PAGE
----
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Three Ways to Support Yourself During a Breakup

By Bella Bowers, APC, NCC

If you’re going through a breakup, you probably don’t need me to tell you how confusing,

difficult, and painful it can be. Breakups can feel devastating because they impact the trajectory of our lives. It’s common to feel sad, anxious, and even angry. If you’re struggling through a breakup, here are three mental health tips that may be helpful.

Give Yourself Space Without Judgment

When we go through a breakup, we are experiencing the loss of a relationship. If you initiated the breakup, it may be difficult to accept that you stepped away from what you once wanted (and maybe still do). If you were broken up with, it might feel as if your future was taken away from you. It’s important to allow yourself time to grieve what you hoped would happen. Part of grieving is acknowledging what we hoped would happen and how the future will ultimately look different. When we take the time to identify and process our thoughts and feelings, we signal to ourselves that what we’re going through is important and that we matter.

Practice Self-Compassion

If a friend experiences a breakup, we tend to express empathy, patience, and love. Unfortunately, many people find it difficult to show the same care to themselves. We often have expectations for how we should feel, think, or behave. If we fall short of these expectations, we tend to experience guilt and shame. Self-compassion involves meeting yourself where you are, not where you think you “should” be.  One of the easiest ways to develop compassionate self-talk is to imagine what you would say to a friend in your situation. If you can, practice talking to yourself in that same compassionate way.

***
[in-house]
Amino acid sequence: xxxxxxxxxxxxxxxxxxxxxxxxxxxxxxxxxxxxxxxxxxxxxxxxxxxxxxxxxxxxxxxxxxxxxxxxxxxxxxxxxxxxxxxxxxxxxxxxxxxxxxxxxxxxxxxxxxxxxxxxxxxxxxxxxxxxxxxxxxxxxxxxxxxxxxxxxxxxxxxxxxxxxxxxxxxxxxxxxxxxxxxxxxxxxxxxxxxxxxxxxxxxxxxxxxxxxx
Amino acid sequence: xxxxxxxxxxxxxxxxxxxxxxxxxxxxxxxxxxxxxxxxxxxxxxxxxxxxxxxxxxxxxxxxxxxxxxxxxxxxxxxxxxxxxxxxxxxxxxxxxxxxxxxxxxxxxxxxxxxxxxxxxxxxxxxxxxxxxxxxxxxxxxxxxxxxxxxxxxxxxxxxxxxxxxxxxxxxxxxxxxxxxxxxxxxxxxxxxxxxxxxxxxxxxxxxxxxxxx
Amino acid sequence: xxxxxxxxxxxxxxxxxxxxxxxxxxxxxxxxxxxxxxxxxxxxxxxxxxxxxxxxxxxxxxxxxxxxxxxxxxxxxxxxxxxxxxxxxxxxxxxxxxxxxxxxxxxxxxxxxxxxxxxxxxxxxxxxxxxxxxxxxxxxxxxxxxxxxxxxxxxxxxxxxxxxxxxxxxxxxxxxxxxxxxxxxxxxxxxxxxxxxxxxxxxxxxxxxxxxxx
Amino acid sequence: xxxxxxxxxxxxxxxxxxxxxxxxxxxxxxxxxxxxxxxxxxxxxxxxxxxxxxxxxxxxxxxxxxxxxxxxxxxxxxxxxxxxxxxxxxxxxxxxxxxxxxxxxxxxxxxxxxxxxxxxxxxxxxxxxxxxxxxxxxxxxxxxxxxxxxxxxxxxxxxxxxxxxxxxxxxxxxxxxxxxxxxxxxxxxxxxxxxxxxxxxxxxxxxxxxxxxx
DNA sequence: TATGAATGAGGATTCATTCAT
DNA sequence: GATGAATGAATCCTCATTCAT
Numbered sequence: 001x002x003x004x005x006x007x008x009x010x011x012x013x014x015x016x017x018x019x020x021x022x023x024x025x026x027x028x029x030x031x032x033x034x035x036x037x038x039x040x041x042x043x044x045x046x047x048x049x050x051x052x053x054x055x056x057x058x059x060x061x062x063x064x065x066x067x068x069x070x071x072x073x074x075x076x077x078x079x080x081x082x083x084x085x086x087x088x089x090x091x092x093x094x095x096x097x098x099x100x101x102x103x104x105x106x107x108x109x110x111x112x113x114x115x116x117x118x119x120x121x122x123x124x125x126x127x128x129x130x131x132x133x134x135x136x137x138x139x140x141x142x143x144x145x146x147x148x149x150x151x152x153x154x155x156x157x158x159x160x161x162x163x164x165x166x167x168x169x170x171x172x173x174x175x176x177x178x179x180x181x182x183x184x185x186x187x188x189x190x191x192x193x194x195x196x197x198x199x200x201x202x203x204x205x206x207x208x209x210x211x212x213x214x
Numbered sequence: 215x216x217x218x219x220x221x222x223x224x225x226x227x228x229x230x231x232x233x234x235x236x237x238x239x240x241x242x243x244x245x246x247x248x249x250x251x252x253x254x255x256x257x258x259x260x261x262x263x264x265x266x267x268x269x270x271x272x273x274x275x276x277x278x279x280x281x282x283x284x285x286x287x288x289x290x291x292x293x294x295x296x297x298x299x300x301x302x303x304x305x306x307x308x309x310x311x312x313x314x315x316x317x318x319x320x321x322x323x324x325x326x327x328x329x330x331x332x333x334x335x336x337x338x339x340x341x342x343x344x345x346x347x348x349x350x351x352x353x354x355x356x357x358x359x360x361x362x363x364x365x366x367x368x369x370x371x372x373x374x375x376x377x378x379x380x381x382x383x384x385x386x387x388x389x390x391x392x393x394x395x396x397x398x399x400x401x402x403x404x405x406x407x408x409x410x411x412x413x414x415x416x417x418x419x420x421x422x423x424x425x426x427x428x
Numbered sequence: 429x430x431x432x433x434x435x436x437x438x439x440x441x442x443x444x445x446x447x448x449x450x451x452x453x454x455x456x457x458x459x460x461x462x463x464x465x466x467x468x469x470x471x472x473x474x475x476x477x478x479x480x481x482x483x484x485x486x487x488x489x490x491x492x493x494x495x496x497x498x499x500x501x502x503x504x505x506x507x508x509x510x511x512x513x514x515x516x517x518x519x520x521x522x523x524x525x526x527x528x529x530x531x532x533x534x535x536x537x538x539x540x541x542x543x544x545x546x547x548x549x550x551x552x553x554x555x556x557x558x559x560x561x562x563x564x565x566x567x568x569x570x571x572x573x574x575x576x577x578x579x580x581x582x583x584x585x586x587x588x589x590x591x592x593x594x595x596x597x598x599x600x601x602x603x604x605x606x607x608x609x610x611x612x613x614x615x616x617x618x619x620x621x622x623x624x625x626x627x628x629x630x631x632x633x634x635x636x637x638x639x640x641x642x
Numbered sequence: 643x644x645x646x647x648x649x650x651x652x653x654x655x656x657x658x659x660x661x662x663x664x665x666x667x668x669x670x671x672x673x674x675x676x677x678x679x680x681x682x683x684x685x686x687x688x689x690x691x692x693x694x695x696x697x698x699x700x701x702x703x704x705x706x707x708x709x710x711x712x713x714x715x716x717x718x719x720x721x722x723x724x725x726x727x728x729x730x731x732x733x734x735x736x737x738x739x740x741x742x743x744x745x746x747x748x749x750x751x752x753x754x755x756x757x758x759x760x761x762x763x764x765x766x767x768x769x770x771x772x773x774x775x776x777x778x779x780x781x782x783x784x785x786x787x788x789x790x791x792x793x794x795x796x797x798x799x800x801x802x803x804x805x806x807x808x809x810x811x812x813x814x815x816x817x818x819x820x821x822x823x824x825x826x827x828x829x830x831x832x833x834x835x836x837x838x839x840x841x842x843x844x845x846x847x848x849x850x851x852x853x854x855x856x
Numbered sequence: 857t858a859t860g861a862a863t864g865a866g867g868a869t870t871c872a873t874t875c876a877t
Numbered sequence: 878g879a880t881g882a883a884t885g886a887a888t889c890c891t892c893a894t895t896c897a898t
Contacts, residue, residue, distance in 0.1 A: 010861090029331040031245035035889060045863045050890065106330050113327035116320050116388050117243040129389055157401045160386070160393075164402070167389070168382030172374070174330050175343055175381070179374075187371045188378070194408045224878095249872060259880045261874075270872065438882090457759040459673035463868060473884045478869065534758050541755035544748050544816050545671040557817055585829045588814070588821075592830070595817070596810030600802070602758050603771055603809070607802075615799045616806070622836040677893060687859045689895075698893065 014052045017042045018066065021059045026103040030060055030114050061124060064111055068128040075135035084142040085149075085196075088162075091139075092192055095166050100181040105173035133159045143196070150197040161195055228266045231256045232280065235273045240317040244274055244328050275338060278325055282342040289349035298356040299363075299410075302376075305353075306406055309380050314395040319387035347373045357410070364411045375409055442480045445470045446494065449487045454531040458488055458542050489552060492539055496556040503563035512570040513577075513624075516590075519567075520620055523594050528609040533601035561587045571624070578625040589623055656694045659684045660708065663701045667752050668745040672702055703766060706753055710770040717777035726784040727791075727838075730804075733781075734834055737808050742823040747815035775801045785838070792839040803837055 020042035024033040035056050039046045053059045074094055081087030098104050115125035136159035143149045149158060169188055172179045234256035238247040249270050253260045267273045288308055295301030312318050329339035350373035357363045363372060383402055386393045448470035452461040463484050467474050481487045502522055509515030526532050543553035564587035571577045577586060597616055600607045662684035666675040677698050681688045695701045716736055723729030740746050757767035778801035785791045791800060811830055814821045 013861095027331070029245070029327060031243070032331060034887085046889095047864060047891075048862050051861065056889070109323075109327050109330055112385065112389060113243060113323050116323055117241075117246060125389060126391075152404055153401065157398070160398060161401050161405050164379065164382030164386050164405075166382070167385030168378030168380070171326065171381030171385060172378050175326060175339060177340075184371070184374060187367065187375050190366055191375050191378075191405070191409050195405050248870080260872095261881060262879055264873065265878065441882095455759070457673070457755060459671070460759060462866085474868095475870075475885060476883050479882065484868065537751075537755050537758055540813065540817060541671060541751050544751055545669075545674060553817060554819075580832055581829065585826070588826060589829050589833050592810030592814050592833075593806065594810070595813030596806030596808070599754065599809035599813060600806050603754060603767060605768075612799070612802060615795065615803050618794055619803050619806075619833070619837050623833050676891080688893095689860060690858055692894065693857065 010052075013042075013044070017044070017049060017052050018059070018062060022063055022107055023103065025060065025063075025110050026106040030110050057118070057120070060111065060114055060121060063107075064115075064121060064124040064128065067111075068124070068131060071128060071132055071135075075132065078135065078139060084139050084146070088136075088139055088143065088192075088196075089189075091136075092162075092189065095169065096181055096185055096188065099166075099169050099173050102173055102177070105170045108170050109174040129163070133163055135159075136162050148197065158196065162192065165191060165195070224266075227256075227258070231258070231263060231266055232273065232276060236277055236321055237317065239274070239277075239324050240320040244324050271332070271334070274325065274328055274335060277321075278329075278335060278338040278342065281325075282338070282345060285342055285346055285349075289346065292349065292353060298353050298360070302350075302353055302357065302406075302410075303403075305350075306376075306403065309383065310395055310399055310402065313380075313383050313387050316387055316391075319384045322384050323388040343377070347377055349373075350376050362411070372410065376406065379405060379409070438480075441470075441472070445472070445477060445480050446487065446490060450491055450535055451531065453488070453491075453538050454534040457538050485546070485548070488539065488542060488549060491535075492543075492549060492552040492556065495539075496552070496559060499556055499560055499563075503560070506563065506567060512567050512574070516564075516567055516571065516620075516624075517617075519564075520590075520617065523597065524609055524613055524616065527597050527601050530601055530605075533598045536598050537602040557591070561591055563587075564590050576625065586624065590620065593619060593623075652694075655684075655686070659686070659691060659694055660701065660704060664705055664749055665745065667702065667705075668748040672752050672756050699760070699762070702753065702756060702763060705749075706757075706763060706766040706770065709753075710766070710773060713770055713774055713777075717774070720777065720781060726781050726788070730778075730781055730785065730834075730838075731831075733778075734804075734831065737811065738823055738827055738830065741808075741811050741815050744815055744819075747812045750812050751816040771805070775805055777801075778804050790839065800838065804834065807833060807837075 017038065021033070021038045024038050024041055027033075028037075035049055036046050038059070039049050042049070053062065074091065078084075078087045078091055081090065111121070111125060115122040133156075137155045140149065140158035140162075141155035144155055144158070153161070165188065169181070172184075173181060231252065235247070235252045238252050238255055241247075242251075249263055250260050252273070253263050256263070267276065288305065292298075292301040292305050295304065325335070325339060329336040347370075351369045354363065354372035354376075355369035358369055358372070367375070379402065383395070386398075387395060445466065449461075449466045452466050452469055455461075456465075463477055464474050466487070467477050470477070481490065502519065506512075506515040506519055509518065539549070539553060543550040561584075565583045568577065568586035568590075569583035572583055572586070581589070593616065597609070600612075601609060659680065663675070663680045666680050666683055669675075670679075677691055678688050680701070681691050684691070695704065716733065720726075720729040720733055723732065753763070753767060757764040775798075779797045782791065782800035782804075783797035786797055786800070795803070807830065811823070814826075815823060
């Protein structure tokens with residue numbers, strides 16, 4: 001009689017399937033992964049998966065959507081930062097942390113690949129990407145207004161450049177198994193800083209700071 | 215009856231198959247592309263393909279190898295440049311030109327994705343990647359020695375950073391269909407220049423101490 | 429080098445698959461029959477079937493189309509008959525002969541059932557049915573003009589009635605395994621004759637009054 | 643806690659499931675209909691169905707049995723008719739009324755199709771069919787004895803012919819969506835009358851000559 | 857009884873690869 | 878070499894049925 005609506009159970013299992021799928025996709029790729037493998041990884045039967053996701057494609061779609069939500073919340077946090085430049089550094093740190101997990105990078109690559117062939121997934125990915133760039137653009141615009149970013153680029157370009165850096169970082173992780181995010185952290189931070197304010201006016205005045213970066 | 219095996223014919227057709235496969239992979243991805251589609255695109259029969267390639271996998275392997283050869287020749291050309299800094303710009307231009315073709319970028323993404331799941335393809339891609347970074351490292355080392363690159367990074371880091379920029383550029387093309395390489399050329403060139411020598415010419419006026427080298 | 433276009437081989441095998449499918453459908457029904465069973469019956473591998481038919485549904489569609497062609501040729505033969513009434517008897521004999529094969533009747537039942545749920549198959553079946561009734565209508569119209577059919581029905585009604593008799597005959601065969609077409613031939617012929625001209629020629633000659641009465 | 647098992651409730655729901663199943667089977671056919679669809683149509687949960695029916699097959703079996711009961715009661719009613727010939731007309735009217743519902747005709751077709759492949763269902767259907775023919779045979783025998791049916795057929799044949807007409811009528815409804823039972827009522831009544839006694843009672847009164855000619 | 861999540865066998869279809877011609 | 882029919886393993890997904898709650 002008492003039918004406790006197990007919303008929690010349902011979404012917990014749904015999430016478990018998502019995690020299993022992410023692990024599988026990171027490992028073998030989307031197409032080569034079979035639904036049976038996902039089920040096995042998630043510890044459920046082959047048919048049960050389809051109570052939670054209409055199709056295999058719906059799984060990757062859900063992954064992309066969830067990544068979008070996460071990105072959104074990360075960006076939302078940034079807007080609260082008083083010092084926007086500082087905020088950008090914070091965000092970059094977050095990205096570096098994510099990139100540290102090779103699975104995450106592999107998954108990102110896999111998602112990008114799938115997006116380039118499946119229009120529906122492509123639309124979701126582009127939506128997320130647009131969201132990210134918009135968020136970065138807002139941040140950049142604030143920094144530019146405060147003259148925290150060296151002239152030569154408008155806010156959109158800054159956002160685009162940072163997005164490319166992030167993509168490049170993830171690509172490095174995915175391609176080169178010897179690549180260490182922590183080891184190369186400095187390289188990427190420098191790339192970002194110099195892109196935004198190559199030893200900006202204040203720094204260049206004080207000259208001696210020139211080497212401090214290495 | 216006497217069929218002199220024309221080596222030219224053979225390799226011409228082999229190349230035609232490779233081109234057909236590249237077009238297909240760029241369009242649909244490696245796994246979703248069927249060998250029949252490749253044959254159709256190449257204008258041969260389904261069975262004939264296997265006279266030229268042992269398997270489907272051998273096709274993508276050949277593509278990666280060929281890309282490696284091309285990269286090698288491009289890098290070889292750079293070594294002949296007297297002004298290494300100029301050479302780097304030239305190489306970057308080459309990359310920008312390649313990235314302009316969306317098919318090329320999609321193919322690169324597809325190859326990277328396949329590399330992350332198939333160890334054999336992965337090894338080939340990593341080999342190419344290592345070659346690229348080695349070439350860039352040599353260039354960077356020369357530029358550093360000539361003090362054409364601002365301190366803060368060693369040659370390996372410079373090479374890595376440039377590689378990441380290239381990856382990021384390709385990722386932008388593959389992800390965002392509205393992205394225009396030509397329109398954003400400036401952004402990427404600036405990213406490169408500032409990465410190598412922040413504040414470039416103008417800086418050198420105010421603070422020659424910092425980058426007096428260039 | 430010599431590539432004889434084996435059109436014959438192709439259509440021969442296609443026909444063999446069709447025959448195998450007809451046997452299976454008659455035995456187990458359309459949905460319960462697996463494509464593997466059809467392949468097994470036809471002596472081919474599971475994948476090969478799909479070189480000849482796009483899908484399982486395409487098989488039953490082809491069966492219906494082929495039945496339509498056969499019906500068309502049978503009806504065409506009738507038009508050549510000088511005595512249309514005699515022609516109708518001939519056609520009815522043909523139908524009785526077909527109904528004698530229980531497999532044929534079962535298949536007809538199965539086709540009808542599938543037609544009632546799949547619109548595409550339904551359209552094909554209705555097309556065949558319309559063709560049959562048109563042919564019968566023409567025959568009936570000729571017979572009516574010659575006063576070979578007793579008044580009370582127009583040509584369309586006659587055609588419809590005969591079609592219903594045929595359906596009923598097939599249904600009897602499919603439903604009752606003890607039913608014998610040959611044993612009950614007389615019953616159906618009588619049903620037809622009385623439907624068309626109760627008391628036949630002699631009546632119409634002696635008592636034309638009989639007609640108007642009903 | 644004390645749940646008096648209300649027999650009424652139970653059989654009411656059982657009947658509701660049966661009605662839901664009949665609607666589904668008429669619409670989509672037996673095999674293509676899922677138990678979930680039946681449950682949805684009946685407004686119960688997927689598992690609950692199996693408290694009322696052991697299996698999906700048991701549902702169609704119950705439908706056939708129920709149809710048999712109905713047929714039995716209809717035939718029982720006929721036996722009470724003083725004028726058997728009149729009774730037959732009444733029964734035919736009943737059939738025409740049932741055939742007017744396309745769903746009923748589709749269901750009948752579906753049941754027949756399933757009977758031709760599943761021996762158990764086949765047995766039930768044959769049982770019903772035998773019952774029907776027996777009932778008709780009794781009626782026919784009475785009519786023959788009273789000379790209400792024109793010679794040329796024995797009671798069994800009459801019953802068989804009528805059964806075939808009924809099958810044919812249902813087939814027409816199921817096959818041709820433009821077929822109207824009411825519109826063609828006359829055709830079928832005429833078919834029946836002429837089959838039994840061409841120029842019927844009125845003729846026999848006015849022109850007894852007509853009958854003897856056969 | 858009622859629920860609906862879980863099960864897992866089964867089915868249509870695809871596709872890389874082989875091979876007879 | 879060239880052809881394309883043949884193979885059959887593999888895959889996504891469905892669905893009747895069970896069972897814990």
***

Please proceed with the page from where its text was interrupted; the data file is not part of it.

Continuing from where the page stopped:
Spend Time with Others

When we’re grieving, it can be tempting to pull away from others and spend time alone. It’s important to recognize when we need to be alone. At the same time, we may forget to allow others to be there for us along the way. Being around others lets us benefit from their perspective and support and it reminds us of our strengths when we need it most. By allowing others to support us, we invite positivity and hope.

If you’re not sure where to start, therapy can be a supportive option for you. A therapist can give you the space to process what you’re going through without judgment. A therapist can also offer perspectives that can help you view what happened differently. Additionally, therapy can help you learn and practice (or simply remember to use) healthy coping skills.  You are not alone, and that support is always there if you need it.


About The Author: Bella Bowers, APC, NCC is a therapist in Marietta, Georgia. She sees clients in person and virtually. She specializes in working with adults who are considering, going through, or recently experienced a breakup or divorce. She is currently running a virtual therapy group, Breaking Through the Trauma of Your Breakup. Bella is a compassionate and supportive therapist. She helps her clients grieve, learn more about their relationship patterns and styles, and cultivate a renewed sense of hope about what their relationships might look like moving forward.

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